BPI alumnus and Government Affairs Advancement Officer Dyjuan Tatro (L) and BPI alumnus and Development Manager for Code Cooperative Giovannie Hernandez (R) speaking at the United Federation of Teachers Black History Month film screening on Feb 27, 2020.
BPI alumni Dyjuan Tatro and Giovannie Hernandez joined a United Federation of Teachers screening of College Behind Bars as part of UFT’s Black History Month Film Series on February 27th and proudly announced to the audience of teachers that Bard College will be offering a week-long workshop in summer 2020 focused specifically on College Behind Bars. The workshop will be part of the annual summer program put on by Bard’s Institute for Writing and Thinking and will take place on the Bard campus in July. The workshop Special Topics in Writing-Based Teaching: College Behind Bars and Engaged Education will use Bard’s writing-to-learn approach, which is central to BPI’s teaching and curriculum, to develop lessons based on the film for classes across the curriculum and at every grade level from middle school to college.
Interested educators can learn more at http://writingandthinking.org/programs/july/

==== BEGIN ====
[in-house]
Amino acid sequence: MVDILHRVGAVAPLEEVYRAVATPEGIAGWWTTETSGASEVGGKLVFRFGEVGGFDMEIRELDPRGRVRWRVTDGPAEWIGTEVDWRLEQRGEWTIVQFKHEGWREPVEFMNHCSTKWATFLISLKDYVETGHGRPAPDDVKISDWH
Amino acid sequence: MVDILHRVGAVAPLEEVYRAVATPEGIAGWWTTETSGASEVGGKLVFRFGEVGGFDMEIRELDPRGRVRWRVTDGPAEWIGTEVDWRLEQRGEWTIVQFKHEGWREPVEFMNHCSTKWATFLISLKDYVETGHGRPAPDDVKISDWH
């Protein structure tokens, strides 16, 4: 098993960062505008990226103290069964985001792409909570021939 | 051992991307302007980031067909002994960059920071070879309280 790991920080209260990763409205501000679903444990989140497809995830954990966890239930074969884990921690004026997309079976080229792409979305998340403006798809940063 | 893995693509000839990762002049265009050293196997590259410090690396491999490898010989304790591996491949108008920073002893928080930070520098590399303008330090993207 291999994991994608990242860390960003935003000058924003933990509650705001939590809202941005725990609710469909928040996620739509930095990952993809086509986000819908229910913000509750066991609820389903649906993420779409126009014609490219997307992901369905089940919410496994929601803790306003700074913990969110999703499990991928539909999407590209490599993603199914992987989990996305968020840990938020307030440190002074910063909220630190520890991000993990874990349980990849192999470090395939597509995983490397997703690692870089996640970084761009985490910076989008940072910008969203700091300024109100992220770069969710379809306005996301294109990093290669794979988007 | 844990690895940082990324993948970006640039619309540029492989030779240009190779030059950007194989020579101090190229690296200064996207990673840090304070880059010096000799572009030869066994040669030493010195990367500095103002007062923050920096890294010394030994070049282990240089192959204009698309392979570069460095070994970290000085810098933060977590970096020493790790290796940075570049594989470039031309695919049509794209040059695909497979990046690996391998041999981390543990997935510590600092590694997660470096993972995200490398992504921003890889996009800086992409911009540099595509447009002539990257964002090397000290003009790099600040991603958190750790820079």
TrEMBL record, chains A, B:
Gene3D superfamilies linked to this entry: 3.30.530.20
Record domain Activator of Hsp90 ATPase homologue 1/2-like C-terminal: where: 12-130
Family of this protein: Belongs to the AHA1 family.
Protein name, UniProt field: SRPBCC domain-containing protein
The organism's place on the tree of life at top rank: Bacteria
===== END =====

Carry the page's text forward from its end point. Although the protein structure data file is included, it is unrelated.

In November 2019, PBS aired “College Behind Bars,” a four-hour documentary following a dozen incarcerated students as they pursue a college education under the auspices of the Bard Prison Initiative, a degree-granting program of Bard College. In the film, individual students describe and reflect upon their experience – of college, of prison, and of the world. In doing so, they raise a variety of themes and questions: the power of education contrasted with our nation’s educational shortcomings; the role of the liberal arts in fostering engaged citizenship; personal narrative and self-definition; the problems of mass incarceration and the school-to-prison pipeline for youth of color; and much more. This workshop will offer a variety of ways to use writing-to-learn practices to work with the film in the classroom, to interrogate and explore it in order to engage, along with students, the many issues it raises. We will put the film into conversation with other texts, and think together about how we work with different kinds of material — poetry, essay, story, visual art — and about questions of documentary film more generally. We will think and write together about the power – and problems – of personal narrative as evidence, the relationship of individual experiences to larger societal movements, and weigh artistic and analytical responses to political and social issues. Led by a member of the BPI administration who is also a senior IWT associate, this workshop will also include opportunities for conversation and collaboration with individuals who appear in the film.